• It can motivate parties to perform at higher levels. For example, in the estate house dispute just discussed, a contingency contract may have motivated the daughter to sell her own house at a lower price or spend more time and effort fixing it up before she put it on the market—to avoid paying rent and other expenses after the 90-day period.
Chapter 3 Distributive Bargaining
• The potential risk involved can be shared by the parties, rather than specifying an outcome at the present, when uncertainty about future events may make them uneasy about their level of risk. Retailers, for example, often share the potential risk of unsold products through contingency contracts with vendors by agreeing to rebates on unsold inventory.
Bazerman and Gillespie also point out that contingency contracts may not be right in every situation due to their potential limitations. First, they require a continuing relationship between the parties, which might not always be possible. Second, they may not be easily enforceable, and court costs can be prohibitive. And third, they require transparency—the future event must be easily and objectively measured and not subject to manipulation by either party.29 Let us now return to the Chapter Case. The bargaining situation is illustrated in Figure 3.6, including a summary of the negotiations. The seller listed her initial price or opening offer at $12,500 and the buyers made an opening offer of $7,500. The parties then decided, but kept confidential, their bottom line or reservation price. The seller decided she could accept no less than $8,000 and still realize a reasonable profit. The buyers decided their absolute limit was $11,000. Thus the range of possible settlement amounts, or zone of possible agreement (ZOPA), became $8,000–$11,000—although neither side could know the range since neither knew the other party’s reservation price.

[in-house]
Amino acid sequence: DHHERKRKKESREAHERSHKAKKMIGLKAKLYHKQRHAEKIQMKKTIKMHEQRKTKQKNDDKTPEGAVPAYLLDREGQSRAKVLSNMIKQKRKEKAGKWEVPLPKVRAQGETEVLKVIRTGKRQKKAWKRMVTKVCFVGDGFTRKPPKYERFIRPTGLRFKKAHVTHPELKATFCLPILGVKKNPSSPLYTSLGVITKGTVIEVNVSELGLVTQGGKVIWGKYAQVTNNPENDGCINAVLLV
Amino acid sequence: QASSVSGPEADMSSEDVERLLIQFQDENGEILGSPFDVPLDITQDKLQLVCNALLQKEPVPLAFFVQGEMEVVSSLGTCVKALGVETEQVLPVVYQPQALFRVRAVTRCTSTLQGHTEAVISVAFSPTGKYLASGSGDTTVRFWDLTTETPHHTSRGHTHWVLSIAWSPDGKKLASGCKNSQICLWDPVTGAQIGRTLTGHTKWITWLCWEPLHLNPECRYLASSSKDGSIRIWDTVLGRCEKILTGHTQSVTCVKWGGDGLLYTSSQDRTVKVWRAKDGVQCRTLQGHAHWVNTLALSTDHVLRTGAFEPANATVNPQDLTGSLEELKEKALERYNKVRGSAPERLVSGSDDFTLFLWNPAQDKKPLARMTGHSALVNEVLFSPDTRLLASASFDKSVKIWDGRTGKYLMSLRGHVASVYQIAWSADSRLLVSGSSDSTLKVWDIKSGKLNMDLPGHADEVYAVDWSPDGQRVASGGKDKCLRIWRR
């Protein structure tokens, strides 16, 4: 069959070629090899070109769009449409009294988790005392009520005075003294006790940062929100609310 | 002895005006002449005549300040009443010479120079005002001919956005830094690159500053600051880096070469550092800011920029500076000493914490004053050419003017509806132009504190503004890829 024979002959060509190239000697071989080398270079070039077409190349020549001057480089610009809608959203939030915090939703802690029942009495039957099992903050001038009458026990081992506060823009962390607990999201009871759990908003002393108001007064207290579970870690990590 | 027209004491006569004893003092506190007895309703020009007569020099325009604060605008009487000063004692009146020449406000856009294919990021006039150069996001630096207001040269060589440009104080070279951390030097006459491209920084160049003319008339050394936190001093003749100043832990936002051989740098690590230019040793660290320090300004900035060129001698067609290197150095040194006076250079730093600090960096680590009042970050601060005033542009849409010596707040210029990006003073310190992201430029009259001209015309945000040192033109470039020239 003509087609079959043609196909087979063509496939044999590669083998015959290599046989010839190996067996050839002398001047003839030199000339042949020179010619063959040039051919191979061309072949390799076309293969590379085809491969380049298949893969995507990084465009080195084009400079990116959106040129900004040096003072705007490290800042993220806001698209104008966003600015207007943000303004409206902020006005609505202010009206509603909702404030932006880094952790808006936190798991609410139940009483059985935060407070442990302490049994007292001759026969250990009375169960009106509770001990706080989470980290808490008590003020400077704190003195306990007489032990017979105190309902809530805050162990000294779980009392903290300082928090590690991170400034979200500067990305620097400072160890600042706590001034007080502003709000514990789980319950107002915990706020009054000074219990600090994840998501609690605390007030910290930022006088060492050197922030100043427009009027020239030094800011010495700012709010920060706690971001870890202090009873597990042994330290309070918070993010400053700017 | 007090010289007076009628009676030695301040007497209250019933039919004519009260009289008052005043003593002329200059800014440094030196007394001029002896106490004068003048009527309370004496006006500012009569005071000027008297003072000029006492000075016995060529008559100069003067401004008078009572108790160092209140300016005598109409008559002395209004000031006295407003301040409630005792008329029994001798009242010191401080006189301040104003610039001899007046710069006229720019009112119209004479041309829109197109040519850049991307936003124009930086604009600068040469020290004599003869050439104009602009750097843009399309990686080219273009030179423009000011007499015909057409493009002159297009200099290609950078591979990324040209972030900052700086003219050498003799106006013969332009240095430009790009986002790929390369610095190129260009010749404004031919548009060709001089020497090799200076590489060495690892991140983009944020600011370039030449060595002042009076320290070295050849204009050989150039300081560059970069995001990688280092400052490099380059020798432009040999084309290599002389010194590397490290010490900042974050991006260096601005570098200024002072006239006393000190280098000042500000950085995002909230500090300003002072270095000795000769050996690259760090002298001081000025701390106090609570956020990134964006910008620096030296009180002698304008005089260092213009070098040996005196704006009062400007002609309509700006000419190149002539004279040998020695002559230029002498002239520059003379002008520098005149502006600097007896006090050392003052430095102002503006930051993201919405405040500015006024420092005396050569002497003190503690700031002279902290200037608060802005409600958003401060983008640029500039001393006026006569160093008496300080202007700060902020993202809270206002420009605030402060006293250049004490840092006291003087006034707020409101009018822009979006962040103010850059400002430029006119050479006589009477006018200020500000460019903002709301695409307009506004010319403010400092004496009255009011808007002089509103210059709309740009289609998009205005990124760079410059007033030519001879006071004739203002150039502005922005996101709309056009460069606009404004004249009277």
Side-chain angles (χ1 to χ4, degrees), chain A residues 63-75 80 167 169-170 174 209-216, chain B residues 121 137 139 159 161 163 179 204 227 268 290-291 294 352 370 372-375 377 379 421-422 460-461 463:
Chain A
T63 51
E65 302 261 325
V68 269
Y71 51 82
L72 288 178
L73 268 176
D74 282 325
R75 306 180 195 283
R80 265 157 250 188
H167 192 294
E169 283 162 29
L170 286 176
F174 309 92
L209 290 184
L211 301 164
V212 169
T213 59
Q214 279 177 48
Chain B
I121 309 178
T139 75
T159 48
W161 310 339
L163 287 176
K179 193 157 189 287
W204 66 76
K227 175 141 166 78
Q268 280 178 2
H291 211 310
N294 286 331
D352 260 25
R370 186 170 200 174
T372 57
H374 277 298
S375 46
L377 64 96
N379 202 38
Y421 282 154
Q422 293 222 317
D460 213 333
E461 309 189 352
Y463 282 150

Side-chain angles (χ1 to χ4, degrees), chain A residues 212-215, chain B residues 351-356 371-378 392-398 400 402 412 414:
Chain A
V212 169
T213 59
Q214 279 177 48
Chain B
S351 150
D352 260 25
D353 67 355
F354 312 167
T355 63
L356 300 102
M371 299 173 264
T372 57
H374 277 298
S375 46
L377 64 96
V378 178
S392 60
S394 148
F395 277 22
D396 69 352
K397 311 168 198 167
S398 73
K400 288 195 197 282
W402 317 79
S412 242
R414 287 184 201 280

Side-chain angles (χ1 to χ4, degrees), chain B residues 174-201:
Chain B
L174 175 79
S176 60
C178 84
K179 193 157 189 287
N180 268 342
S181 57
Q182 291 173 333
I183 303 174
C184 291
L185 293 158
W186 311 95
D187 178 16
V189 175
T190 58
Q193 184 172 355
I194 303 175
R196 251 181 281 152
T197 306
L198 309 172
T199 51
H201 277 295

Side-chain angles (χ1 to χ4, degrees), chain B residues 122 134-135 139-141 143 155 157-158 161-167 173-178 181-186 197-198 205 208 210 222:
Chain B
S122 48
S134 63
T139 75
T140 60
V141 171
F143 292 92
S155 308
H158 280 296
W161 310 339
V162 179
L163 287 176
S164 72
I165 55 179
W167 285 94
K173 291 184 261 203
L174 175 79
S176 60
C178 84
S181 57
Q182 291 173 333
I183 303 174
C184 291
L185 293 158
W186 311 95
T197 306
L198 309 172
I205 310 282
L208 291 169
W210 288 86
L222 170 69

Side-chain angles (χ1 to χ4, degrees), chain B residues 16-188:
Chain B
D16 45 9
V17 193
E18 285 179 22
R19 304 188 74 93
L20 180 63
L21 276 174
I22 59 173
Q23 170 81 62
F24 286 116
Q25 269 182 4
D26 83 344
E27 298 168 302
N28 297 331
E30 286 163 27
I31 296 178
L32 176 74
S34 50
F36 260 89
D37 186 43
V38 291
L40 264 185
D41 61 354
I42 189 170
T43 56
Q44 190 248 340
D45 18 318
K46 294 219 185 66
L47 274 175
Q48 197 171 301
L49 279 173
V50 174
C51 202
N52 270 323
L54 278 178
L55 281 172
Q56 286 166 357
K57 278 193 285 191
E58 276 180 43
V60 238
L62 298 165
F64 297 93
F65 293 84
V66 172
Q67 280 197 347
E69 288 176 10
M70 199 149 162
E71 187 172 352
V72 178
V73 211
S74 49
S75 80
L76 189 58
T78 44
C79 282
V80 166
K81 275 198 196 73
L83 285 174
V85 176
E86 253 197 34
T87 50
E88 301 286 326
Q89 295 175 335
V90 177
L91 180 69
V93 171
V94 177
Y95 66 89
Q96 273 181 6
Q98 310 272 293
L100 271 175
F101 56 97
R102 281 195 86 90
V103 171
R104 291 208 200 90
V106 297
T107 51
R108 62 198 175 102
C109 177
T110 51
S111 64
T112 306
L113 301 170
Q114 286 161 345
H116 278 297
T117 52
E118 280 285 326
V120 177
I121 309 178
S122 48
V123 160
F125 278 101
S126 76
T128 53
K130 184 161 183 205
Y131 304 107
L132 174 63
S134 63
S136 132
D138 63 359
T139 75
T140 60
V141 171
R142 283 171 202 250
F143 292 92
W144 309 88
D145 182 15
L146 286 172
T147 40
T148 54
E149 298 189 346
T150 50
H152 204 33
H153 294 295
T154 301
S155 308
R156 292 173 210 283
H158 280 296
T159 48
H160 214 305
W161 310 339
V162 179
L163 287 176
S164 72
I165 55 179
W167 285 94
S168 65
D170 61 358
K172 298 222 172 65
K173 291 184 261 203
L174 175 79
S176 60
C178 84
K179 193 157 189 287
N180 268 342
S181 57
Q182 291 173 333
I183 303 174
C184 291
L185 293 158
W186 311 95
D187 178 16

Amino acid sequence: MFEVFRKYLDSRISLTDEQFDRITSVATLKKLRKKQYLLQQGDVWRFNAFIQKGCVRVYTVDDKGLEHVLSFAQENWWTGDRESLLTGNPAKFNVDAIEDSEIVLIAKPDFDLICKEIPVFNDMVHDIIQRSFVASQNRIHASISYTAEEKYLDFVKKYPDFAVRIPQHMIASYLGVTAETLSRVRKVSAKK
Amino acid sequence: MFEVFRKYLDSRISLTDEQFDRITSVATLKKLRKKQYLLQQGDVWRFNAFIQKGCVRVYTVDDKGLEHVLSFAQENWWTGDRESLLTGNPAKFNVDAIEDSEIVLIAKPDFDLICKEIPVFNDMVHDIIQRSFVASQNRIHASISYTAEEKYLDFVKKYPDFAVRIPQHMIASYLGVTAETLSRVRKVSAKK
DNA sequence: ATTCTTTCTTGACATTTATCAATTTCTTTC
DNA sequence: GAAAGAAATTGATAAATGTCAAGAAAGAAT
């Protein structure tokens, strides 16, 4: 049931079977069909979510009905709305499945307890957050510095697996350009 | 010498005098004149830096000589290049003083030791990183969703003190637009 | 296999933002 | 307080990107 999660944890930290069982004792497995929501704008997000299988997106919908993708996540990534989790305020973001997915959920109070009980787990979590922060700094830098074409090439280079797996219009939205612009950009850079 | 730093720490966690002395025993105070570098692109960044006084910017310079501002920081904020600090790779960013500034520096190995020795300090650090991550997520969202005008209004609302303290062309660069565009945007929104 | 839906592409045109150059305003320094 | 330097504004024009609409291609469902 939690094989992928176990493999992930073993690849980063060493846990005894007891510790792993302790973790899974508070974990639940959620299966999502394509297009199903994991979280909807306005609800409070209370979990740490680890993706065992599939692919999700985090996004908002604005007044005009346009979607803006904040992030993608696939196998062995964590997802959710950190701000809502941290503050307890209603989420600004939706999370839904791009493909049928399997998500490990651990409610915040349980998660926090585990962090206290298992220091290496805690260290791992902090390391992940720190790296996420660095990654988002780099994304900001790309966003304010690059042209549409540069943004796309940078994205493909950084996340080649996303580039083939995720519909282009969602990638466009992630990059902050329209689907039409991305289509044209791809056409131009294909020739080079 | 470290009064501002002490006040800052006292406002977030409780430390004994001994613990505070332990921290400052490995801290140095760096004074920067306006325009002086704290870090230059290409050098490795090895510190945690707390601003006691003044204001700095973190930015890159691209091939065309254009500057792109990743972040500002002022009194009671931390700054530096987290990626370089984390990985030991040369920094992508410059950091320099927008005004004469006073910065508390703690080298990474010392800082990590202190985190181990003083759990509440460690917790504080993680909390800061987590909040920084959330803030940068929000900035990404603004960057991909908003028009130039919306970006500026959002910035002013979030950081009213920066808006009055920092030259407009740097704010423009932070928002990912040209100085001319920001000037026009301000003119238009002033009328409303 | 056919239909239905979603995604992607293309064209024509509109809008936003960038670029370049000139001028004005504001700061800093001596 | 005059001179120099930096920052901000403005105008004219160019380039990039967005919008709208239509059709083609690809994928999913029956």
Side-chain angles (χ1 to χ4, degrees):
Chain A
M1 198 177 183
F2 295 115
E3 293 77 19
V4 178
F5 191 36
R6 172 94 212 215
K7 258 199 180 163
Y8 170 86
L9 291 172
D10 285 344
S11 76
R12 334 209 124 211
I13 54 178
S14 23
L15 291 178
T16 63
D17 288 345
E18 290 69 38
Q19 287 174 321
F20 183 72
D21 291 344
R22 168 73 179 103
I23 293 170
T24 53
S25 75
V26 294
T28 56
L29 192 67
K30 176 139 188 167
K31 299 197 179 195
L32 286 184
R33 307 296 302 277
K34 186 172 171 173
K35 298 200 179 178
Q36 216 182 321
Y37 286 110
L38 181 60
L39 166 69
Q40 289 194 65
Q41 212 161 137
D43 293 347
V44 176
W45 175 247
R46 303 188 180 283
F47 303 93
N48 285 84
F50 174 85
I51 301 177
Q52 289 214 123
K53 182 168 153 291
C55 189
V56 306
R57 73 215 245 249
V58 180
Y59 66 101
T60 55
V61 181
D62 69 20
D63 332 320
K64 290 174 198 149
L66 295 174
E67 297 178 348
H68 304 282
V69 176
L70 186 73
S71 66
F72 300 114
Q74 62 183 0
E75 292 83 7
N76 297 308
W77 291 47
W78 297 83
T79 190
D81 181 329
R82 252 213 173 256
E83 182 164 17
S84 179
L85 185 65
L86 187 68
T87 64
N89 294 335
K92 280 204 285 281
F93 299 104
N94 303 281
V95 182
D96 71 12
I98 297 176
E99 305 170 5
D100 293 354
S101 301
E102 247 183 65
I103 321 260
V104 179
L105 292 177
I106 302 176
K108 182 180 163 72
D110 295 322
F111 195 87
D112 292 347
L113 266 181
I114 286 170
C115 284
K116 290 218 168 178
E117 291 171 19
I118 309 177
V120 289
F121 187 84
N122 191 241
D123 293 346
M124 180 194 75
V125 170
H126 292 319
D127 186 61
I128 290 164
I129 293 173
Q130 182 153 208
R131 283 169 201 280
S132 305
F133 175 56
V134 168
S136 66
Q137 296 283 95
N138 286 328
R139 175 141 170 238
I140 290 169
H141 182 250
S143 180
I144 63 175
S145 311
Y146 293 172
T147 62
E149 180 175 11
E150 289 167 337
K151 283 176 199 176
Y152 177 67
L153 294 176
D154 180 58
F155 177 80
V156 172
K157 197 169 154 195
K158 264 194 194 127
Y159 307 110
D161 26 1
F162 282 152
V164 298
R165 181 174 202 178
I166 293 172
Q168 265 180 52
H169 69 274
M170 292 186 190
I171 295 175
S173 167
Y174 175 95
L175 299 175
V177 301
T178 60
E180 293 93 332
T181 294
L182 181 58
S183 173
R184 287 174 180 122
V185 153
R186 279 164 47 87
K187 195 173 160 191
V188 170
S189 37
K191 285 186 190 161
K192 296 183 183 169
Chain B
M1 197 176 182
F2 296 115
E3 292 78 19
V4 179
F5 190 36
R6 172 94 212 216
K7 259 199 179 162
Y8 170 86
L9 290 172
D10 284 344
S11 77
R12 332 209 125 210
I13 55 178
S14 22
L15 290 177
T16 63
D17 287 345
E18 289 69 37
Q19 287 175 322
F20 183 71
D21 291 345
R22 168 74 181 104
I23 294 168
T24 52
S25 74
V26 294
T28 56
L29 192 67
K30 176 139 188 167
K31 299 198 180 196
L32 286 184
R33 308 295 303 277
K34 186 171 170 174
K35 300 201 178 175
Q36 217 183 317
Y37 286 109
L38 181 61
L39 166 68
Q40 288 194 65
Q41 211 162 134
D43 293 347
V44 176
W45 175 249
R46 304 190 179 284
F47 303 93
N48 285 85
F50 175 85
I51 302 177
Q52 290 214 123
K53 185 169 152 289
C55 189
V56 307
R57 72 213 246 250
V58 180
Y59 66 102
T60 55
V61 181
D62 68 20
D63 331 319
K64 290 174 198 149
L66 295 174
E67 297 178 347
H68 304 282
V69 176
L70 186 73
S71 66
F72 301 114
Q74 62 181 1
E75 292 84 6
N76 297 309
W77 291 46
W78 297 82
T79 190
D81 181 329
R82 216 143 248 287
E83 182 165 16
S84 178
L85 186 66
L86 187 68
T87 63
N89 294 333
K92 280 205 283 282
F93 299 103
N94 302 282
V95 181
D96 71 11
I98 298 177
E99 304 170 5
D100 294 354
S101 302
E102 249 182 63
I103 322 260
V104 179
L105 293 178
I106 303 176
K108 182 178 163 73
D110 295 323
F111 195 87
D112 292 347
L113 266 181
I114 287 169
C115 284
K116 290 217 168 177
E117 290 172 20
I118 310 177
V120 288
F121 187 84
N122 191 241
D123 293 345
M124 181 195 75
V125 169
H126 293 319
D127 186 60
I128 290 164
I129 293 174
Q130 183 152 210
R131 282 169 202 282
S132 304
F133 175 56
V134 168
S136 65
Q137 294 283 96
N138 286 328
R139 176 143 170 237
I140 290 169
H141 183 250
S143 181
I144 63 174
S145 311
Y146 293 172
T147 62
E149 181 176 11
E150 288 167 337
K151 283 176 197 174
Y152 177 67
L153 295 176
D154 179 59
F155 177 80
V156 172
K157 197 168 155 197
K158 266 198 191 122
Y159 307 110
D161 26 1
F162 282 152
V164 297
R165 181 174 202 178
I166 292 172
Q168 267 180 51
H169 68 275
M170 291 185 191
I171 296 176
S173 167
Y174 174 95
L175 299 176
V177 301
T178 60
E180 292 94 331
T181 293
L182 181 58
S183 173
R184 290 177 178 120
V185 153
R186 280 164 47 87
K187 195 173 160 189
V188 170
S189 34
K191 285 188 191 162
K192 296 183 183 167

So how might this classic distributive bargaining situation have been settled?
Because the buyer made the first verbal offer of $7,500, it is likely that the seller would make the first counteroffer. She would likely utilize the good faith bargaining norm and decide to show her willingness for give-and-take by making a counteroffer